The Ministry of Finance has said it is considering raising value added tax (VAT) to 11 percent from 2019 and then to 12 percent by 2020 from the current 10 percent. It had made the proposal last August.
The reason given was one that we’ve been hearing often of late. Vietnam’s public debt is rising and raising VAT is in accordance with international norms, the ministry said in its draft proposal, noting that this “global trend” could be seen in many developed nations like the United States and several European countries.
The added tax will make up for shortfalls arising from Vietnam fulfilling its commitment to cut import tariffs under several free trade agreements, and help tackle rising public debt, goes the argument.
If the proposal is approved, Vietnam will have the second highest VAT rate in Southeast Asia after the Philippines, where goods and services are levied at 18 percent.
While the reasons given for the VAT hike are logical, other questions come into play: Will the increase have a negative impact on consumption considering the slow improvement in purchasing power witnessed in recent years? More importantly, will it have negative impact on the poor and vulnerable people?
These questions are important, for the VAT is ultimately borne by consumers, not businesses. And it has been recognized that their impact on disadvantaged sections of the society can be disproportionately hard, essentially making it a regressive measure.
The ministry insists that the nation’s VAT is quite low at present, and that increasing it will make up for revenue losses, but is this the only way? The Government should have known, when it entered into the numerous FTAs, that this would happen. Did they plan that the cost of the revenue loss should be borne by people, not businesses or, for that matter the Government itself?
To elaborate on the last point, FTAs are supposed to help businesses, but the public should make up the shortfall? And shouldn’t the government reconsider its own spending before increasing taxes on the consumer?
As tax payers, the consumer or the public have a right to know where the money is going, and whether it is being used efficiently and effectively, especially since rising public debt is part of the argument.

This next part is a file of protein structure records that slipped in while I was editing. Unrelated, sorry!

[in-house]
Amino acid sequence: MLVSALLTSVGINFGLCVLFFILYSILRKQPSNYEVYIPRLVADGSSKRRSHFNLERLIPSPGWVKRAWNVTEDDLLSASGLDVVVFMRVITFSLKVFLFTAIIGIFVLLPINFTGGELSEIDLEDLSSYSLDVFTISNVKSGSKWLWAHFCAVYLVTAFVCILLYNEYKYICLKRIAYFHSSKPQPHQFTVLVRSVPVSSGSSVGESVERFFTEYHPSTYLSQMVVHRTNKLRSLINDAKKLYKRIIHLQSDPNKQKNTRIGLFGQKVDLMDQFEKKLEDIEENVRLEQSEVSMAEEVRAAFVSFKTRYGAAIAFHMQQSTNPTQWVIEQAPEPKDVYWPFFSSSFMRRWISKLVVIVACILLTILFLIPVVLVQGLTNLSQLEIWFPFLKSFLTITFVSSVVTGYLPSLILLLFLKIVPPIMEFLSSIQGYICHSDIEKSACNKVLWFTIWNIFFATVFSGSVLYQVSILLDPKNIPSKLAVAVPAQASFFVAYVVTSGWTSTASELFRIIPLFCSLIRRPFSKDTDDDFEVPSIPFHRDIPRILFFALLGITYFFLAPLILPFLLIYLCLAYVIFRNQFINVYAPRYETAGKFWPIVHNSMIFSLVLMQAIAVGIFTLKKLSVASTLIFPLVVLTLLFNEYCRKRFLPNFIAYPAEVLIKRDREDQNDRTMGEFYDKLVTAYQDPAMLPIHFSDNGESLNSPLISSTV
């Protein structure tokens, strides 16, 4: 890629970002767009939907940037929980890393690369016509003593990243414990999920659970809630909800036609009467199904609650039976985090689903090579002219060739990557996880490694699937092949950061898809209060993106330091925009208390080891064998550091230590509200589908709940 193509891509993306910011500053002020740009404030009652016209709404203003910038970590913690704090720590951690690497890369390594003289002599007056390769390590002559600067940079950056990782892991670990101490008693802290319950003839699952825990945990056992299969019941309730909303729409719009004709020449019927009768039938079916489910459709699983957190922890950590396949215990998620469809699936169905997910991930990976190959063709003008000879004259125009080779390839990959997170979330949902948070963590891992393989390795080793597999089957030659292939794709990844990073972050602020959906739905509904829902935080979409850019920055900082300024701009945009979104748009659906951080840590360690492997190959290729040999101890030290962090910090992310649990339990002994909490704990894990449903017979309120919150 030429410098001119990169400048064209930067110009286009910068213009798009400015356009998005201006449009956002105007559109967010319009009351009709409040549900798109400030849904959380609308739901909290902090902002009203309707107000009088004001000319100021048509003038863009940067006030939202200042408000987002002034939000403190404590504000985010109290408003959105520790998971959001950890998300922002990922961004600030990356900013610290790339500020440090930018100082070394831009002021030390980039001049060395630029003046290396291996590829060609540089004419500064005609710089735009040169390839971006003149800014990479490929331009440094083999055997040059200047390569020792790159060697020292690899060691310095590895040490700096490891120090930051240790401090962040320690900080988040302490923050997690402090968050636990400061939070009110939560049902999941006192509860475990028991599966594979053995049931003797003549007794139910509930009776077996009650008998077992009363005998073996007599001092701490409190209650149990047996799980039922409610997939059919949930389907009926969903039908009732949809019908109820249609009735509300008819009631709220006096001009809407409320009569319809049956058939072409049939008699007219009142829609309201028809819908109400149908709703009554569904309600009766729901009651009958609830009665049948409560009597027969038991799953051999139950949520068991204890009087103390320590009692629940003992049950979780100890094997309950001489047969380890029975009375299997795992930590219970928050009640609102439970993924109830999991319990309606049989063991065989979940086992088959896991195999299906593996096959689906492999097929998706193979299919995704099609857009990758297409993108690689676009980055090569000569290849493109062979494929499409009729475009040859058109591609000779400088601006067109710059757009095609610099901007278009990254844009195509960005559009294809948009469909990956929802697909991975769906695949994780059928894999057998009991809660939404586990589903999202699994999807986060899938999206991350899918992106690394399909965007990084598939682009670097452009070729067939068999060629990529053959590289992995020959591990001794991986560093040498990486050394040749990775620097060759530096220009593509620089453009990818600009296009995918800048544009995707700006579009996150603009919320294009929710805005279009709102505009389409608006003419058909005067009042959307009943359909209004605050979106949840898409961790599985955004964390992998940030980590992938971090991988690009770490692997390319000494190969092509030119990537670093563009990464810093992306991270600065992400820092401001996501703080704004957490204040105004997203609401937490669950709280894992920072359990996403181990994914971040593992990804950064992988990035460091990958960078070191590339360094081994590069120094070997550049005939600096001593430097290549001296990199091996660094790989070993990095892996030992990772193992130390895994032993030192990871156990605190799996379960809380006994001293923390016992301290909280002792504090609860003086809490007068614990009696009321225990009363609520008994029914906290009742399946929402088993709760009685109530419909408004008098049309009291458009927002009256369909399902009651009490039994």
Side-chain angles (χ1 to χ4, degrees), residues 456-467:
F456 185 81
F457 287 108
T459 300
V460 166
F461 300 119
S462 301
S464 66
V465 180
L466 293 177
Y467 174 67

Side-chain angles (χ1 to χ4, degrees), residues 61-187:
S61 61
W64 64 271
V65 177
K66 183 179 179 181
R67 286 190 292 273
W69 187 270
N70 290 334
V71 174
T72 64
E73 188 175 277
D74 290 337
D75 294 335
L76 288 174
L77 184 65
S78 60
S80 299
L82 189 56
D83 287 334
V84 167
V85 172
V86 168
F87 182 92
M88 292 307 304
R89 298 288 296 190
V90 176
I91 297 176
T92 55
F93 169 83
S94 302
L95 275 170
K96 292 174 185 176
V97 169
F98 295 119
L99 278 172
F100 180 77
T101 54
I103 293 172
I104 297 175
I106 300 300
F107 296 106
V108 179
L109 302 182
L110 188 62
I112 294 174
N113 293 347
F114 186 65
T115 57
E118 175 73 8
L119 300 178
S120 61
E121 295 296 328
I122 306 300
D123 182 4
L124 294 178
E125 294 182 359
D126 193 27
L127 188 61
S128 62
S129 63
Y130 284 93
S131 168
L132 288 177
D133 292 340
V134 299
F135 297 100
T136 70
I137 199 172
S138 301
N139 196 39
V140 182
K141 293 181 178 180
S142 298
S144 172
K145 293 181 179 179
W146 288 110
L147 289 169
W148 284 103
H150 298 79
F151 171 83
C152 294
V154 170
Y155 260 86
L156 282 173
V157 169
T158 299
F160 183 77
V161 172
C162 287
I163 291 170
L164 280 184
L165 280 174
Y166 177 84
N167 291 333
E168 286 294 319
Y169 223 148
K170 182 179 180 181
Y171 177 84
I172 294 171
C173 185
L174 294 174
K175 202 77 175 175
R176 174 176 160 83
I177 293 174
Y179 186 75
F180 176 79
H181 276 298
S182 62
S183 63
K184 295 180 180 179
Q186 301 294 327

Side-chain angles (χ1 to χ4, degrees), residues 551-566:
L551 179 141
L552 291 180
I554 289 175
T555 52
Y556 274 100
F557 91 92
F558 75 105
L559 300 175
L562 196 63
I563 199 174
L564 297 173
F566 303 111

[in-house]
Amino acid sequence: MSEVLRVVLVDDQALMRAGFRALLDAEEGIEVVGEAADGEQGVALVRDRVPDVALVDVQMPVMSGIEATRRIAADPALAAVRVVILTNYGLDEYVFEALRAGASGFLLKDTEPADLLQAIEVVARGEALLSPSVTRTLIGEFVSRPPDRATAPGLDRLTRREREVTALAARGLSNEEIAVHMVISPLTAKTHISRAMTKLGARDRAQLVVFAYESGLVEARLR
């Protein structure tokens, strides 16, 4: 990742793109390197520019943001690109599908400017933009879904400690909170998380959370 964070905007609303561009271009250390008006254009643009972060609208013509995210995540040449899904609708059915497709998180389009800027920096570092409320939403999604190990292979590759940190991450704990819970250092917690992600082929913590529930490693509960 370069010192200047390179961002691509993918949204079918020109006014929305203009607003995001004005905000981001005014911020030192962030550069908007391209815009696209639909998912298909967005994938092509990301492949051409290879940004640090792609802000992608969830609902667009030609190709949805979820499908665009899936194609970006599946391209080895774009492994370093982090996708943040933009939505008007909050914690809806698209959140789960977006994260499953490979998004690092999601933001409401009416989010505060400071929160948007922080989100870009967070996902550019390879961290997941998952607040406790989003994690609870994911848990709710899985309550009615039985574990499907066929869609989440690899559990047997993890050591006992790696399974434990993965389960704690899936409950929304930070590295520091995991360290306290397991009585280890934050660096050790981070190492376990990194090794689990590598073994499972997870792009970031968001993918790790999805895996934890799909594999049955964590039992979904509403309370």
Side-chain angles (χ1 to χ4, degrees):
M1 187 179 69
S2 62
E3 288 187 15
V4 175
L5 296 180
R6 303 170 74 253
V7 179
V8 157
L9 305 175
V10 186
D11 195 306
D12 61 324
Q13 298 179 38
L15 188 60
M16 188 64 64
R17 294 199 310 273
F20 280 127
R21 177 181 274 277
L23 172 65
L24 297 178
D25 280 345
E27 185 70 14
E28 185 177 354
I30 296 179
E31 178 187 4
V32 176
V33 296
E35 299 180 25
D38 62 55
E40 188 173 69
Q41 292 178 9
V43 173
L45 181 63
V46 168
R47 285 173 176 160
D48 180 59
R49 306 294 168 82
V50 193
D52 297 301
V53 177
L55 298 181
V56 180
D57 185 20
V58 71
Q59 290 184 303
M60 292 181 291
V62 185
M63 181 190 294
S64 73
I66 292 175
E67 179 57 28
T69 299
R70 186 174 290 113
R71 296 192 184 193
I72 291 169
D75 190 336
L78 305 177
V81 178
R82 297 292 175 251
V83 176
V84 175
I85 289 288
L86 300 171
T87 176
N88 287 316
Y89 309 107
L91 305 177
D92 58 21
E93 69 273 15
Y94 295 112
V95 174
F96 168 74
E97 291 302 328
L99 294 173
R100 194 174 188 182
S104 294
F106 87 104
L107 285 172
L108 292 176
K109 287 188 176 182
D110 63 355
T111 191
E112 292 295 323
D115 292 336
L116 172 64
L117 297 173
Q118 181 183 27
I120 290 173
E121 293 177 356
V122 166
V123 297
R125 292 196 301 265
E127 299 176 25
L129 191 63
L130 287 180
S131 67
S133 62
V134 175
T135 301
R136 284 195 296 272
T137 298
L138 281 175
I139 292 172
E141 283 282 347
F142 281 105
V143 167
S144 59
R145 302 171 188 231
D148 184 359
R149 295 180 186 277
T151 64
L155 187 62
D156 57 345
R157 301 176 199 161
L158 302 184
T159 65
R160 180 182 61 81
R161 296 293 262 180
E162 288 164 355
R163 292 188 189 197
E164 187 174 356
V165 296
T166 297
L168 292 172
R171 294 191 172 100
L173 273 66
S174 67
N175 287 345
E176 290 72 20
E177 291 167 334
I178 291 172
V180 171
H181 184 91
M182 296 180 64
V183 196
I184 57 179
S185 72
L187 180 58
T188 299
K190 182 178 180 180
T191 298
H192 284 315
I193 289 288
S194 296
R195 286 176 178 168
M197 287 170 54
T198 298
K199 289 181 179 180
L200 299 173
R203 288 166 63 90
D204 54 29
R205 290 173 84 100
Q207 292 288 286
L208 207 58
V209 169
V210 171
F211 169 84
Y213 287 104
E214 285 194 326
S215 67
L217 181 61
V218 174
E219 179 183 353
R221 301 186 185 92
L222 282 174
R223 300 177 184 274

The State Audit Office of Vietnam last week announced its findings: the number of redundant public servants in the State apparatus is 57,175.
While every leader is calling on State agencies to take drastic measures against the staff redundancy, what is happening on the ground does not inspire confidence that these calls are being taken very seriously.
If nearly 60,000 state employees are seen as redundant, it means that they are still being paid, which is an extra burden on the State Budget, which means the burden remains on the hapless taxpayer.
Let us examine another piece of information: we have two heads of department at the Foreign Economic Relations Department under the Ministry of Planning and Investment, and the same department has six deputy heads.
How did this happen?
The explanation given was that these officials were previously from two divisions that were merged into one, but a former high ranking official has said that this was not an isolated instance. In many other agencies, there are heads of divisions alongside others of the same rank who do not assume the corresponding jobs. Worse still, in a certain division, apart from three or four deputy directors, there are another three or four more people of the same rank.
The number of public servants per 1,000 people in Vietnam is 43, excluding the number serving in the Ministry of Defense and Ministry of Public Security. Compare this with figures in some regional countries, inclusive of military and security personnel - just 13 in the Philippines, 16 in India, and 17 in Indonesia.
After two years implementing the Politburo’s Resolution 39 – which aimed to cut the State payroll by 70,000 each year – the total number has not dropped, but leapt by an additional 96,000. While countries around the world have between 12 and 16 ministries on average, we have as many as 22 ministries and equivalent bodies.
So there we have one painful answer to rising State Budget expenditure – an obese State apparatus in terms of its staffing.
Let’s look at another aspect of this issue.
According to a report by the Ministry of Finance, in 2017, the total accumulated losses of 17 State-owned corporations reached VND12.5 trillion (US$551.2 million).
The accumulated report of four State-owned corporations in 2016 revealed that losses incurred, parent companies and subsidiaries included, had risen to VND1.3 trillion (roughly US$57.5 million).
The Government Inspectorate has just finished an investigation of the Viet Nam Coal and Mineral Corporation, and proposed that an amount of almost VND15 trillion and 6.7 million sq.m of land and housing be investigated.
Yet another moot point: how will people enjoy due social benefits from a tax increase if the money is propping up an inefficient bureaucracy? This administration has taken upon itself the task of being an effective one, and this would entail that people are not unduly taxed.
The obvious solutions have been identified and highlighted by our leaders – curb wasteful spending, streamline the State apparatus, manage the economy more effectively. This has to be the starting point.
Increasing taxes is an easy way out that does not require much imagination. Gaining the people’s trust and confidence, and then keeping it, is a harder task, but it is one that the Government has to apply itself to.
Therein lies its salvation, and ours.